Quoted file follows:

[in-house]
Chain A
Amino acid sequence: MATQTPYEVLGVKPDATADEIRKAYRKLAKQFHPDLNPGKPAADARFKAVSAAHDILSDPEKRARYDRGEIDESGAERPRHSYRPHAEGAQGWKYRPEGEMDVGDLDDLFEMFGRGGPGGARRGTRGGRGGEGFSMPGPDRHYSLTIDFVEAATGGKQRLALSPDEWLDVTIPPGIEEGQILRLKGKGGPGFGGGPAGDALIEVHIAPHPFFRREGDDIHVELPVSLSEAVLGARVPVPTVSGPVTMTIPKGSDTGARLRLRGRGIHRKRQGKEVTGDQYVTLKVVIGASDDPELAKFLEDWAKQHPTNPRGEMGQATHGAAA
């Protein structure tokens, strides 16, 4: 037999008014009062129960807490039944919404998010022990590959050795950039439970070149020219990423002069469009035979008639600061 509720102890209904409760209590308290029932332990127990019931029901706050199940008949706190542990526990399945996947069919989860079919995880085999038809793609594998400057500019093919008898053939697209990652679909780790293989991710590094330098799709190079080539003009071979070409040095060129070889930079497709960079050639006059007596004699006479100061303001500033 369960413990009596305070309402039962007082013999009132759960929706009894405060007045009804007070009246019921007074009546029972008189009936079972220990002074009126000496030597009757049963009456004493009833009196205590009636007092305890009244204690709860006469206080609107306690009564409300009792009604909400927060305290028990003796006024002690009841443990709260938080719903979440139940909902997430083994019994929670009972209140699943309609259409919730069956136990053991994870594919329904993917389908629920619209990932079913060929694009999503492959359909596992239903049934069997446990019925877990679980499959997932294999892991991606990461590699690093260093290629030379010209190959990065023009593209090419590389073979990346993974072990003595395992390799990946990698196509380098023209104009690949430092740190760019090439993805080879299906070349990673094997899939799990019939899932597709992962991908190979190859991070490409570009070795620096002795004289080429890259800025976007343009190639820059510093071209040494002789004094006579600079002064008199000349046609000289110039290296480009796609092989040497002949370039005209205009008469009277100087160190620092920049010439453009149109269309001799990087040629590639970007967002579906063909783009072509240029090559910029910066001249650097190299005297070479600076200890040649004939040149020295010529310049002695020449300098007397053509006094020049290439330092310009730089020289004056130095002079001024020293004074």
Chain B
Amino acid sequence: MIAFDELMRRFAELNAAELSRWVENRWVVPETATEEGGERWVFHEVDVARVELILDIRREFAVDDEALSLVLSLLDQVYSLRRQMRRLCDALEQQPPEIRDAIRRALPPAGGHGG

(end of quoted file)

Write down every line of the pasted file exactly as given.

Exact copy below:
[in-house]
Chain A
Amino acid sequence: MATQTPYEVLGVKPDATADEIRKAYRKLAKQFHPDLNPGKPAADARFKAVSAAHDILSDPEKRARYDRGEIDESGAERPRHSYRPHAEGAQGWKYRPEGEMDVGDLDDLFEMFGRGGPGGARRGTRGGRGGEGFSMPGPDRHYSLTIDFVEAATGGKQRLALSPDEWLDVTIPPGIEEGQILRLKGKGGPGFGGGPAGDALIEVHIAPHPFFRREGDDIHVELPVSLSEAVLGARVPVPTVSGPVTMTIPKGSDTGARLRLRGRGIHRKRQGKEVTGDQYVTLKVVIGASDDPELAKFLEDWAKQHPTNPRGEMGQATHGAAA
């Protein structure tokens, strides 16, 4: 037999008014009062129960807490039944919404998010022990590959050795950039439970070149020219990423002069469009035979008639600061 509720102890209904409760209590308290029932332990127990019931029901706050199940008949706190542990526990399945996947069919989860079919995880085999038809793609594998400057500019093919008898053939697209990652679909780790293989991710590094330098799709190079080539003009071979070409040095060129070889930079497709960079050639006059007596004699006479100061303001500033 369960413990009596305070309402039962007082013999009132759960929706009894405060007045009804007070009246019921007074009546029972008189009936079972220990002074009126000496030597009757049963009456004493009833009196205590009636007092305890009244204690709860006469206080609107306690009564409300009792009604909400927060305290028990003796006024002690009841443990709260938080719903979440139940909902997430083994019994929670009972209140699943309609259409919730069956136990053991994870594919329904993917389908629920619209990932079913060929694009999503492959359909596992239903049934069997446990019925877990679980499959997932294999892991991606990461590699690093260093290629030379010209190959990065023009593209090419590389073979990346993974072990003595395992390799990946990698196509380098023209104009690949430092740190760019090439993805080879299906070349990673094997899939799990019939899932597709992962991908190979190859991070490409570009070795620096002795004289080429890259800025976007343009190639820059510093071209040494002789004094006579600079002064008199000349046609000289110039290296480009796609092989040497002949370039005209205009008469009277100087160190620092920049010439453009149109269309001799990087040629590639970007967002579906063909783009072509240029090559910029910066001249650097190299005297070479600076200890040649004939040149020295010529310049002695020449300098007397053509006094020049290439330092310009730089020289004056130095002079001024020293004074």
Chain B
Amino acid sequence: MIAFDELMRRFAELNAAELSRWVENRWVVPETATEEGGERWVFHEVDVARVELILDIRREFAVDDEALSLVLSLLDQVYSLRRQMRRLCDALEQQPPEIRDAIRRALPPAGGHGG